A Dissent on German Orthodox Jewish Centrality

I left the following comment at a looong debate at Hirhurim about Rav Shamshon Rafael Hirsch. Agree? Disagree? Comment below.

You know, much like how RSRH is often (wrongly) credited as being the only major figure involved in beginning Austritt, I have to question the combination of Modernity and O Judaism being solely associated with him or even just the German O community.

There was quite a bit of educational experimentation in Eastern Europe and elsewhere. Mizrachi, for instance, played a very big part in granting O Jews the world over a mixed religious/secular curriculum between the two World Wars. Eastern Europe was full of “refined chadarim” that gave a mixed curriculum. I have difficulty believing that RSRH was the ONLY or even the primary inspiration for these efforts.

There were also plenty of Rabbis who were well versed in secular studies to one degree or another, and “seminaries” existed in countries other than Germany. Really, the only difference I see between German O Jewry’s efforts and O Jews in other countries is that the Germans have much better PR.

If I’m wrong, so be it, but that’s my impression.

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About AIWAC

Hi, my name is Avi Woolf. I'm an American-Israeli MO Jew living in Israel. I have a background in Israeli (as in Land of Israel) and Jewish History and an insatiable need for knowledge. I also have professional experience as an editor, translator and indexer. Enjoy the ride! If you are interested in using my services or just want to drop me a line, contact me at: opdycke1861NOSPAM@yahoo.com
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3 Responses to A Dissent on German Orthodox Jewish Centrality

  1. fred says:

    1. which other major figure was actively in favor of austritt?
    2. rsrh was limited to germany, a jewish culture eastern europe largely frowned upon. mizrachi innovations in education were brief and limited, with little impact in ee.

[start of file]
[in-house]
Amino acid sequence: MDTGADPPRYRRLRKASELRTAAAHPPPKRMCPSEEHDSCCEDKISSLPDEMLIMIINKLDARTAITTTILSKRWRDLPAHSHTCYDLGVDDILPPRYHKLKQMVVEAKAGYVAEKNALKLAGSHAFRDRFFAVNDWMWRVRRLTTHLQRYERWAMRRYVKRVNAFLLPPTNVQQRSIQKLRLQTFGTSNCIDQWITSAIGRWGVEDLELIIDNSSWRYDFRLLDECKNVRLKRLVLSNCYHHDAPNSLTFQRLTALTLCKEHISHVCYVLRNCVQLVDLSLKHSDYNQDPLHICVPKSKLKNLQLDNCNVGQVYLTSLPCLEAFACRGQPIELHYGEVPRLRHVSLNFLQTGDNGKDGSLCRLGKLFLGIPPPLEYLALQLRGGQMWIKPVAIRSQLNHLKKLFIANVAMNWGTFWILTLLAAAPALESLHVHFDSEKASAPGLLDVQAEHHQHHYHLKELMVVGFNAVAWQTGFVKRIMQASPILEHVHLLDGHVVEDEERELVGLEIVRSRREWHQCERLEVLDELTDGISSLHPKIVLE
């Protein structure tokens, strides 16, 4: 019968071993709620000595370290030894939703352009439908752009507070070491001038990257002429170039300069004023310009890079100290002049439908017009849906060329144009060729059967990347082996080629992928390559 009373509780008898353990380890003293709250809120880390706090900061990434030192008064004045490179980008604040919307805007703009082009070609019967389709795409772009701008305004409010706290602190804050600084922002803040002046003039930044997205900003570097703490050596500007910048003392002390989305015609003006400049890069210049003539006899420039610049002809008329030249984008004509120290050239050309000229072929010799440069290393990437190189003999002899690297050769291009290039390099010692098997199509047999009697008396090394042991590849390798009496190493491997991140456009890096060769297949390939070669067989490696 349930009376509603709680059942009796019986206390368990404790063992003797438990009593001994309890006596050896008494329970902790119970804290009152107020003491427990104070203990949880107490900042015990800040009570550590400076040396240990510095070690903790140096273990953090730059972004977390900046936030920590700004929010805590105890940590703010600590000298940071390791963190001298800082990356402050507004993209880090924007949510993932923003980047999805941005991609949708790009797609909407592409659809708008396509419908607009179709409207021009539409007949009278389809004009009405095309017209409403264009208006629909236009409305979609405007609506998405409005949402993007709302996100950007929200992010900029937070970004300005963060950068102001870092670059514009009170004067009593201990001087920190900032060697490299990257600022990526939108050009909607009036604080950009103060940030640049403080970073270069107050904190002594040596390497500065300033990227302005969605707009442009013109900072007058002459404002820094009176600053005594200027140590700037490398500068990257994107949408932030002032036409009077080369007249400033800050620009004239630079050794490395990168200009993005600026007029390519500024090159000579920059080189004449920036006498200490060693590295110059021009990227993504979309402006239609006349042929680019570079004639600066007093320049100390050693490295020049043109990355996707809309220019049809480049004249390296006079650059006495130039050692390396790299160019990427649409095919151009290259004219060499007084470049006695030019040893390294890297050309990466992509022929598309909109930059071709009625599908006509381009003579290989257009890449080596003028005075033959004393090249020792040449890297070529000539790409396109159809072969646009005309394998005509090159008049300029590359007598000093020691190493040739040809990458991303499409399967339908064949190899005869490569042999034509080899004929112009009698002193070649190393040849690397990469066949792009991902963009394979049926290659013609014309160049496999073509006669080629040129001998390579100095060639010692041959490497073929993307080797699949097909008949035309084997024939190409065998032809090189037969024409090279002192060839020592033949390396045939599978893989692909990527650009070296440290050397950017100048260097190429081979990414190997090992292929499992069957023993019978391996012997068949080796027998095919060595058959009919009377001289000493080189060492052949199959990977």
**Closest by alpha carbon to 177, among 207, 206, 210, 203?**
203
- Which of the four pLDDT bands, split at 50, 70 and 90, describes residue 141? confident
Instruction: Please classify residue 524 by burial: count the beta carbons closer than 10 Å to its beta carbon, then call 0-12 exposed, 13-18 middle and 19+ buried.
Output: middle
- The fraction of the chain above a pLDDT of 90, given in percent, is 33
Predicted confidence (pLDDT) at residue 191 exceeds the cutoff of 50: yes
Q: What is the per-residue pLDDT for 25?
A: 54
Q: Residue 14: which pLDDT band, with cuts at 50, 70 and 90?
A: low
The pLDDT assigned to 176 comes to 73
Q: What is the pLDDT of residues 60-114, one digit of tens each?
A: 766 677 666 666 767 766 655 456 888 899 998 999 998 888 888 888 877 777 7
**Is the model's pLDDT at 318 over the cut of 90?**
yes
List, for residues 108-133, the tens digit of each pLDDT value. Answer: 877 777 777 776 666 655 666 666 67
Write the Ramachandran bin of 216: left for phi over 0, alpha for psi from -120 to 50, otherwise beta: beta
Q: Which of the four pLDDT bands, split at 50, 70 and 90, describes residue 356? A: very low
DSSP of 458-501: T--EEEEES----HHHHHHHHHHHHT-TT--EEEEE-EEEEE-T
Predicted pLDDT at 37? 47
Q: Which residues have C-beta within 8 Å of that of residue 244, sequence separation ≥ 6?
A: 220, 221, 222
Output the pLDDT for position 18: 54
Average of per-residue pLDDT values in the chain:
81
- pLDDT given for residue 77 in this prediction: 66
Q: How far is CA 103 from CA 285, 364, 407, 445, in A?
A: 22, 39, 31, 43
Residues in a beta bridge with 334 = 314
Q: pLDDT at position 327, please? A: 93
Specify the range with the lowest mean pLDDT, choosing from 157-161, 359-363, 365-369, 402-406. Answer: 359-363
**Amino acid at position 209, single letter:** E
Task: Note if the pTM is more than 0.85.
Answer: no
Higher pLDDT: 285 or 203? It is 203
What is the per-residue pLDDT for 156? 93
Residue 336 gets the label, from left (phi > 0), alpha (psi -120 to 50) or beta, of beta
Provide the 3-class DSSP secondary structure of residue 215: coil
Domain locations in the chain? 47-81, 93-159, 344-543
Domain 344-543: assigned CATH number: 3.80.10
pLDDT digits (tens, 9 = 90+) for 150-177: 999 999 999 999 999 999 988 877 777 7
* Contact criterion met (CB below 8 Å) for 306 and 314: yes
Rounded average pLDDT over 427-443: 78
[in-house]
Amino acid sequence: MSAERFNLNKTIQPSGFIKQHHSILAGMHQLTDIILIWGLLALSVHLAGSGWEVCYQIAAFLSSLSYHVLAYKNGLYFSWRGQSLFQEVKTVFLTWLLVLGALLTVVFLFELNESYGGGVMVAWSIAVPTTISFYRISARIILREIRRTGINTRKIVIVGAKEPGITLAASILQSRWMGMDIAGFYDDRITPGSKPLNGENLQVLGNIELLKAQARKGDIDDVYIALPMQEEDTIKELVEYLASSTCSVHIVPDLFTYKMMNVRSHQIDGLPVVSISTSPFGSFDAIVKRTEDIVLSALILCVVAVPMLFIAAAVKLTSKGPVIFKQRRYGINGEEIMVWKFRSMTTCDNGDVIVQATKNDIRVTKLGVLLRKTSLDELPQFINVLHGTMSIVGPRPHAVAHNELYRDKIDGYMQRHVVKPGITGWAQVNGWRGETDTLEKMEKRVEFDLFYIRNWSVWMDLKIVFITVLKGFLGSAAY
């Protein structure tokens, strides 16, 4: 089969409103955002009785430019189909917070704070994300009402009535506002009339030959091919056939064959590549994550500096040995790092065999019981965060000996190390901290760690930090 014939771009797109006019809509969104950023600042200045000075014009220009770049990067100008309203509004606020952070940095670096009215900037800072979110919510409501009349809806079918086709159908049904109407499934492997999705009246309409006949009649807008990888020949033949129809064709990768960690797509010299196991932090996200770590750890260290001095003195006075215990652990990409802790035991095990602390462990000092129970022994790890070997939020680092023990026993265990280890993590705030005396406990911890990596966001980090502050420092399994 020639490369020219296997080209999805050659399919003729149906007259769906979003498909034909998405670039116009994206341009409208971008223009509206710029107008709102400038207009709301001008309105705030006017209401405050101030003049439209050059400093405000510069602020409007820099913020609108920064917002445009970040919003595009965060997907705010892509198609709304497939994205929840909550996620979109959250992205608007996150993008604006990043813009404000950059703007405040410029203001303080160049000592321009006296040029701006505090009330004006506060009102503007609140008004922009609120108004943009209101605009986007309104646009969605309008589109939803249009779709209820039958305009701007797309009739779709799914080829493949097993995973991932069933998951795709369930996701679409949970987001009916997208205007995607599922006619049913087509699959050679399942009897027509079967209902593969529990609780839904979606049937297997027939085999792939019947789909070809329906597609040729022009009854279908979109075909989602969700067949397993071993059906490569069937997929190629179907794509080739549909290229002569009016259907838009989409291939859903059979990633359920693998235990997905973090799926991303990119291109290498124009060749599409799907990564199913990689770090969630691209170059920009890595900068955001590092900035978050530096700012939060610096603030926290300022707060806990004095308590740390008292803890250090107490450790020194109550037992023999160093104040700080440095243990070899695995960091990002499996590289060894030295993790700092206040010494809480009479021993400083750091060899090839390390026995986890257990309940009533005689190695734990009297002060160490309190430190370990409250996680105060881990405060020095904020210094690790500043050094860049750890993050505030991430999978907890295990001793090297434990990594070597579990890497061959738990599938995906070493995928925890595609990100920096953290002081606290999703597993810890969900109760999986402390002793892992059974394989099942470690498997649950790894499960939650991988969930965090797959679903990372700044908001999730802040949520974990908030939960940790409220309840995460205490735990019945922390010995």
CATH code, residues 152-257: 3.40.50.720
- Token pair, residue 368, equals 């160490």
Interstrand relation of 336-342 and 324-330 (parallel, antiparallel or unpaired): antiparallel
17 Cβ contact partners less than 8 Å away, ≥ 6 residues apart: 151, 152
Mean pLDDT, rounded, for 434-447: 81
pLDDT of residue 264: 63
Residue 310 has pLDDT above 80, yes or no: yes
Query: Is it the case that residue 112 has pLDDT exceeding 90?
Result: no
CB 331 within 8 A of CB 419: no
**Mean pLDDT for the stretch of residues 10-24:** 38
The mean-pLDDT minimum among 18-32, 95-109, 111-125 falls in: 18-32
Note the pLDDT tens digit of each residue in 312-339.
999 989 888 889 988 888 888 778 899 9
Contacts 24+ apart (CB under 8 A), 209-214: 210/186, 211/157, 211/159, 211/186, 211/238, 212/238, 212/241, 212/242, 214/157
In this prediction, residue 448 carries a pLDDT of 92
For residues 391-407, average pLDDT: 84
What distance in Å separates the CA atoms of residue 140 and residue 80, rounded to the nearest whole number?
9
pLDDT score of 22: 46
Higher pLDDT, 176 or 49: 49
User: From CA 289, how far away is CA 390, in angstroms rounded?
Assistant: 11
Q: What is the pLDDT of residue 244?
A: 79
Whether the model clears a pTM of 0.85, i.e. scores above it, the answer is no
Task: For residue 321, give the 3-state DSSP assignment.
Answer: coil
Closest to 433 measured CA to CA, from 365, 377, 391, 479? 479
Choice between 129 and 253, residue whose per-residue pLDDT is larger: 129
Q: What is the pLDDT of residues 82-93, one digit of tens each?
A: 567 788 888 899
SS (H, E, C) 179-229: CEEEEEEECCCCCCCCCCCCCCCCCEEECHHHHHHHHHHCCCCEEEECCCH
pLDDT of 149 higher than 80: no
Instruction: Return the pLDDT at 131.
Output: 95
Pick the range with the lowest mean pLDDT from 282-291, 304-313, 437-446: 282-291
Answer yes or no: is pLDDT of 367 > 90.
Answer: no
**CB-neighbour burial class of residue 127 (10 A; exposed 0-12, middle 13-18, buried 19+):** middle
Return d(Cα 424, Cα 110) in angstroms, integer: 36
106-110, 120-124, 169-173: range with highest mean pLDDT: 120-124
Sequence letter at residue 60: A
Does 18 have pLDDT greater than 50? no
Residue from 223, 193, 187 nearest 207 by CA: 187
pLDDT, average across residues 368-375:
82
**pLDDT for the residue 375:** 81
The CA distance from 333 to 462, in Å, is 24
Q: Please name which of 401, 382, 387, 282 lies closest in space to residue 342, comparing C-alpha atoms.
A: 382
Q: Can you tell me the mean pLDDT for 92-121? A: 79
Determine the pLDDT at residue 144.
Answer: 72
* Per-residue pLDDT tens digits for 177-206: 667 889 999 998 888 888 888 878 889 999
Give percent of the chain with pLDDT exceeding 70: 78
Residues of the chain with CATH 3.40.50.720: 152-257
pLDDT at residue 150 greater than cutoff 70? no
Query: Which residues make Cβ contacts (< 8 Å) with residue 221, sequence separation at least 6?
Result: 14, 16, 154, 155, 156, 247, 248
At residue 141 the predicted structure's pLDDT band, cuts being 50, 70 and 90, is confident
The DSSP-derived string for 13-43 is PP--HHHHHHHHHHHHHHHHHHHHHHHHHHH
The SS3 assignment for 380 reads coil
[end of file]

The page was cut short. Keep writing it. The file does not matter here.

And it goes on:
3. i dont think your final remark is historically accurate. also, you must remember that only 10% max of ashkenazi jews lived in germany, and there judaism was dominated by tide. the opposite was true in ee.
    and just because some rabbis were widely knowledgeable does not mean that they believed in altering the educational structure.

  2. AIWAC says:

    1) In Hungary? Lots. See Jacob Katz’s book on the subject.

    2) Mizrachi did not just operate in EE but also in the US, Belgium and more. I wouldn’t call the Tachkemuni institute or the Yavneh educational network “brief and limited”. I agree that it didn’t have the same impact as the Hildesheimer Seminar, but it wasn’t negligible.

    3) Fair enough, but I even if some of them didn’t believe in altering the educational structure, they darshened and wrote with much erudition to their kehilot, and it wasn’t all just because of RSRH.

  3. fred says:

    1. yeh, i forgot about hungary.
    2. when you say operate, this may be true, but it was really limited in scope and influence. the us and belgium? how many jews are we talking about here pre-ww1 or even ww2? the number and influence was far and away eclipsed by the standard jewish ed in ee, and in the us with the arrival of the ww2 refugees.
    3. agreed.

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